The Latest Polling on the Marijuana Legalization Initiatives

Today is the big day! Marijuana legalization is on the ballot in Washington, Oregon and Colorado. Medical marijuana is getting votes in Massachusetts, Arkansas and Montana. And California is voting on a much-needed reform to the states draconian "three strikes you're out" law -- not solely drug policy reform, but includes drug offenses within it. There are also some measures on local ballots. See Phil's report last week for an overview.

Phil and I will be posting late into the night tonight on all of the initiatives as well as candidate races of interest, here on the Speakeasy and in Drug War Chronicle. Phil is a few hours out from Denver, and so his reporting will be done live from where the Colorado action is. Check all of it out here at StoptheDrugWar.org.

In the meanwhile, what does the latest polling say? In Washington, polls conducted last month through early this month show I-502 leading by margins ranging from 4 to 19 points, with support ranging from 47 to 56 percent in favor and 36 to 44 percent opposed.

Polls in Colorado taken during the same timeframe show Amendment 64 in the lead with margins ranging from 10 points on the upper end down to just one end on the lower. Support ranges from 46 to 53 percent and opposition ranging from 40 to 45 percent.

According to the Denver Post (via Jacob Sullum), half of people who have already voted in say they voted yes on Amendment 64, but more than half of those planning to vote today plan to vote yes:

"Passage would be driven largely by the support of younger voters, who sometimes are less reliable, turnout-wise, than are older voters," the polling firm SurveyUSA, which conducted the survey for The Post, wrote in a memo explaining the results. "Older voters oppose Amendment 64, and if the amendment should go down to defeat, it will be because younger Coloradans talked the talk but did not walk the voting-booth walk."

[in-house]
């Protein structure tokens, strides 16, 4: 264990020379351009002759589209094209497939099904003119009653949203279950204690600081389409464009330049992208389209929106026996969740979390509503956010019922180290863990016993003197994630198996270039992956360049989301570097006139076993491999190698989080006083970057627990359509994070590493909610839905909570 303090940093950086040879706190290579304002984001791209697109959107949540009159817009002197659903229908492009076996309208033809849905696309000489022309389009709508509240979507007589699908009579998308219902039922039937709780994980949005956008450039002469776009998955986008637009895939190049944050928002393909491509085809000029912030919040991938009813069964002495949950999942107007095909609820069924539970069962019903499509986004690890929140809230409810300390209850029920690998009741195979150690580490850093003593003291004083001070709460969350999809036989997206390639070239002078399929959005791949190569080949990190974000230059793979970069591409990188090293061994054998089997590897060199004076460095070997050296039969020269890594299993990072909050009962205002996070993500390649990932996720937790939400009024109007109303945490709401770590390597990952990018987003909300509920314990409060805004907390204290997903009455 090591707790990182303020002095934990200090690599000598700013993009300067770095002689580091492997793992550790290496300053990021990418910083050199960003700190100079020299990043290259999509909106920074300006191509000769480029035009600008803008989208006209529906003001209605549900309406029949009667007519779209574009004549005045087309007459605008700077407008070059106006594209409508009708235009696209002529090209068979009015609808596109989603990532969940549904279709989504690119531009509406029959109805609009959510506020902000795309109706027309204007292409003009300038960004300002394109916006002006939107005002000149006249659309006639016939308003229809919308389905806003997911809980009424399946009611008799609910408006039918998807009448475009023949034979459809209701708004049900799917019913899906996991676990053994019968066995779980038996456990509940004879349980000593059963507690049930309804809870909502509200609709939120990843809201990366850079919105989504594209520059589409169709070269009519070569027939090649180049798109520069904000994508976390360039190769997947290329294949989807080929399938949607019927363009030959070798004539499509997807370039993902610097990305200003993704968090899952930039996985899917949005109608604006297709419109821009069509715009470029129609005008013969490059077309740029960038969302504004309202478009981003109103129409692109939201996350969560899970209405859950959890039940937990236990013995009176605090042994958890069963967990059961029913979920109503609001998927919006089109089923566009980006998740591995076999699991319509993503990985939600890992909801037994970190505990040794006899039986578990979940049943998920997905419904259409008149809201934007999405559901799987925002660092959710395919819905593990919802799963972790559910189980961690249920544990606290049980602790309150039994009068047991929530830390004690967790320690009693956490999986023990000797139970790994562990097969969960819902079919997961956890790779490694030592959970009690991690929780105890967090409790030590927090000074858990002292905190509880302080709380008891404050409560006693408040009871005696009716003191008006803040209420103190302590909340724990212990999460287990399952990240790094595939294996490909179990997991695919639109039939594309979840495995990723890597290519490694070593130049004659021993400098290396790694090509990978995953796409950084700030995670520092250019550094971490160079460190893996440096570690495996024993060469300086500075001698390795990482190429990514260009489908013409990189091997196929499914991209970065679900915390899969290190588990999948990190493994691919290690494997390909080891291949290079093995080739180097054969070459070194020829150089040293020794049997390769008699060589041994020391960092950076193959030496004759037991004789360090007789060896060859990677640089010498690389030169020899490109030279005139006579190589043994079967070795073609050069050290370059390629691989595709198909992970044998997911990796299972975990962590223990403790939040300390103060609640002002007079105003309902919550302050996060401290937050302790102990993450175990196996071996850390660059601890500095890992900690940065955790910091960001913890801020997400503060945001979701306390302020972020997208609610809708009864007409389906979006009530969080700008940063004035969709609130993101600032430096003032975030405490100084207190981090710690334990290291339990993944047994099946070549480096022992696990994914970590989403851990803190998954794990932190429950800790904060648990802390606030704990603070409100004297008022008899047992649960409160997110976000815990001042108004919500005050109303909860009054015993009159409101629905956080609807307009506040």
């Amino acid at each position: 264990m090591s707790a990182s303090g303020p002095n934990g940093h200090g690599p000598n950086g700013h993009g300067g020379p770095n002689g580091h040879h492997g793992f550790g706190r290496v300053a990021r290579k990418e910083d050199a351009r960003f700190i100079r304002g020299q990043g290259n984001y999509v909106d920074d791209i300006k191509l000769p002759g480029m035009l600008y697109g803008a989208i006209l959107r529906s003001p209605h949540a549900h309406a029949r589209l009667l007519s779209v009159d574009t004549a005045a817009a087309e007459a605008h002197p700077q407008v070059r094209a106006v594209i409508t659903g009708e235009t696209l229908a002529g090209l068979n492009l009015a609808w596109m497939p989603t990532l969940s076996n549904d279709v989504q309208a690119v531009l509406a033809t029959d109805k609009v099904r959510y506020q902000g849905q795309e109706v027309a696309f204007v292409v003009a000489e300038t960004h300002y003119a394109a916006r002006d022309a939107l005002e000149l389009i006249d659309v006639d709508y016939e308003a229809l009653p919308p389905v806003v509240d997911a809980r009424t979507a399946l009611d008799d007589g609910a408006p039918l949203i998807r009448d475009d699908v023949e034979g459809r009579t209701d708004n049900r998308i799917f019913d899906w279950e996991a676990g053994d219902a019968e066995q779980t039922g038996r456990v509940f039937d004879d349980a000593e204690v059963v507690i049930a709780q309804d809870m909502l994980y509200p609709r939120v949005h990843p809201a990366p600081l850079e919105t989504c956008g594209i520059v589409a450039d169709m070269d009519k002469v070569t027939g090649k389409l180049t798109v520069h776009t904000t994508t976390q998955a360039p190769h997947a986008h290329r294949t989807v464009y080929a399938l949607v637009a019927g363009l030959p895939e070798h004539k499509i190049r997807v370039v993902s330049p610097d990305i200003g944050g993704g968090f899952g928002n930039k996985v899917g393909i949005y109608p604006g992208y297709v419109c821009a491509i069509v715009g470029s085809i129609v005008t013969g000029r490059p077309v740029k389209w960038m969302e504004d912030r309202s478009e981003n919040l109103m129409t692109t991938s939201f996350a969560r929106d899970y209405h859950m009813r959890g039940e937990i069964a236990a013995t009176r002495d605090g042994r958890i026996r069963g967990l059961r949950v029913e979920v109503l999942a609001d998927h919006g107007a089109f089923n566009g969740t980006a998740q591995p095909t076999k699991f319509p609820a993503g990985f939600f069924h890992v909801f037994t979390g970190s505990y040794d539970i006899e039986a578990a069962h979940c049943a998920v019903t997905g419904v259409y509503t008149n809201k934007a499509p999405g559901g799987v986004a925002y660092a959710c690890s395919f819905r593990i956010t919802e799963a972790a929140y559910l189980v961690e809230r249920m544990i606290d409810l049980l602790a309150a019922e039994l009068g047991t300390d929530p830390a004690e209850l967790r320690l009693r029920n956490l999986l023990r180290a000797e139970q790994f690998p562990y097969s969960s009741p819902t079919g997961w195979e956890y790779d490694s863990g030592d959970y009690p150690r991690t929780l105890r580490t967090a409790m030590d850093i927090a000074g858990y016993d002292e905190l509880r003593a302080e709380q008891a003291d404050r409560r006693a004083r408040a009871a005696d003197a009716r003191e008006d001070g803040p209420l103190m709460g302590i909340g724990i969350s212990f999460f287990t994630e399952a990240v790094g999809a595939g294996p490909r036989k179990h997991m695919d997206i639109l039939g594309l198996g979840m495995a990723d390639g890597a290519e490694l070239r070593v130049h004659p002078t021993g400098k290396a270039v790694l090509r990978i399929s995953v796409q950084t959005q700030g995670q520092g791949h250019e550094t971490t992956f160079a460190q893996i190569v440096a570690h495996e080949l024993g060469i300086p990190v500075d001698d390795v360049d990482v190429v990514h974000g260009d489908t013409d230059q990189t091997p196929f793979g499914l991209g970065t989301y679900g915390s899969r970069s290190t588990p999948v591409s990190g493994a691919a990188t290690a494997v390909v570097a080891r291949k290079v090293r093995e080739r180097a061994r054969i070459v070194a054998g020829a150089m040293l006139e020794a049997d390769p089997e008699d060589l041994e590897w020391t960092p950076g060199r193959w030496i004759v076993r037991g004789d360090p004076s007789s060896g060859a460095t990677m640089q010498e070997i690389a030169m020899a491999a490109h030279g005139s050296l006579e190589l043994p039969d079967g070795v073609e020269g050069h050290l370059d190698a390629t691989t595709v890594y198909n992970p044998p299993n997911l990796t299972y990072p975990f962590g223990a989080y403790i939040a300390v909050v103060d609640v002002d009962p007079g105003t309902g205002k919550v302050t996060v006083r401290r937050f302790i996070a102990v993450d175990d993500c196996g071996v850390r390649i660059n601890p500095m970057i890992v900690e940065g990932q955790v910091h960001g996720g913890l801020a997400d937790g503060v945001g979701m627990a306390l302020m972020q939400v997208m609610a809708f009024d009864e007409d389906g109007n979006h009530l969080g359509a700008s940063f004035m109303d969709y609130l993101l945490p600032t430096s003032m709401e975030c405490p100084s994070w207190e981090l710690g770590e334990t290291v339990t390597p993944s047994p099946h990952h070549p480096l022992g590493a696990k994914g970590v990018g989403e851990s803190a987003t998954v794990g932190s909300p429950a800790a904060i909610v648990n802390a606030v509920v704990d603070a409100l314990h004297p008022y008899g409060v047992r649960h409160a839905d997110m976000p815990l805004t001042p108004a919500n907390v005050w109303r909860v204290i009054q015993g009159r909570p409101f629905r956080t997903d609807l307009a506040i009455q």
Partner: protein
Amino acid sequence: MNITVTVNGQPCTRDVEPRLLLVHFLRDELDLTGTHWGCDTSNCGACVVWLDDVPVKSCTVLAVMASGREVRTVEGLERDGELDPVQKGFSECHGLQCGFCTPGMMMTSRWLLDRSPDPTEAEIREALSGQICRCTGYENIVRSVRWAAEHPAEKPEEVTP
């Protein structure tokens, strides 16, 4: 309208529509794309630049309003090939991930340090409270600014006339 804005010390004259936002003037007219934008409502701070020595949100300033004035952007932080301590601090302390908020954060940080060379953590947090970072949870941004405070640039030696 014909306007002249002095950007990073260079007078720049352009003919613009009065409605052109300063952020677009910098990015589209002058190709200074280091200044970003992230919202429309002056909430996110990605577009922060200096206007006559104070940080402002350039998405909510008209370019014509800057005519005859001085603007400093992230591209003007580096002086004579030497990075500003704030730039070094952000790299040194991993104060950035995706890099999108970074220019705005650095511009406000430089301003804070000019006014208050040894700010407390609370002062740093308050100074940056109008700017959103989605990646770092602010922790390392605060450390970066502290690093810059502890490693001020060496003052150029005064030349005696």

No pressure or anything, young voters, says SSDP's Aaron Houston.

Only three polls have tested Oregon's Measure 80, one in late September and two in October. Support and opposition have both risen (not surprisingly, as undecided voters make up their minds), and the last one has the measure losing 49-42. Oregon reformers should still turn out to the polls, though -- margin matters, even in a defeat -- plus a poll is only a prediction -- the only poll that counts is the big one happening taken today.

See you online tonight!

Permission to Reprint: This article is licensed under a modified Creative Commons Attribution license.
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Most if not all will fail

Between the "calibrated" voting machines and stoners inability to get off the couch, most if not all the legalization efforts will fail.

Heya, I'm one of those

Heya, I'm one of those stoners in colorado. I'm a full time engineering physics honors student in one of the best physics programs in the nation , and trust me, all my friends and I are definatly making it to the polls

Heya I'm a Colorado stoner,

Heya I'm a Colorado stoner, full time engineering physics honors student in one of the best physics programs in the nation and I assure you, all the stoners and I will make it to the polls

Felt real good voting for Gary Johnson

but if I lived in Colorado or another swing state, I would have held my nose and voted to stop Romney.

Stop Romney from doing what

Stop Romney from doing what helping pull this country out of the [email protected]@t hole that Obama put us in!!  I don't really agree with everything they want to bring to office but i  believe that we can't do any worse then what Obama has already done.

Do you remember what happened in September 2008?

sounds like you have amnesia about it, like Romney and the Republican party do. Everything was fine until 1.20.09 to listen to you guys.

Prohibition endangers public safety

"The “war on drugs” has also generated indirect costs that many researchers contend have undermined public safety. The federal government has prioritized spending and grants for drug task forces and widespread drug interdiction efforts that often target low-level drug dealing. These highly organized and coordinated efforts have been very labor intensive for local law enforcement agencies with some unanticipated consequences for investigation of other crimes. The focus on drugs is believed to have redirected law enforcement resources that have resulted in more drunk driving, and decreased investigation and enforcement of violent crime laws. In Illinois, a 47% increase in drug arrests corresponded with a 22% decrease in arrests for drunk driving. Florida researchers have similarly linked the focus on low level drug arrests with an increase in the serious crime index."

—Drug Policy, Criminal Justice and Mass Imprisonment, by Bryan Stevenson

http://www.globalcommissionondrugs.org/Arquivos/Global_Com_Bryan_Stevenson.pdf 

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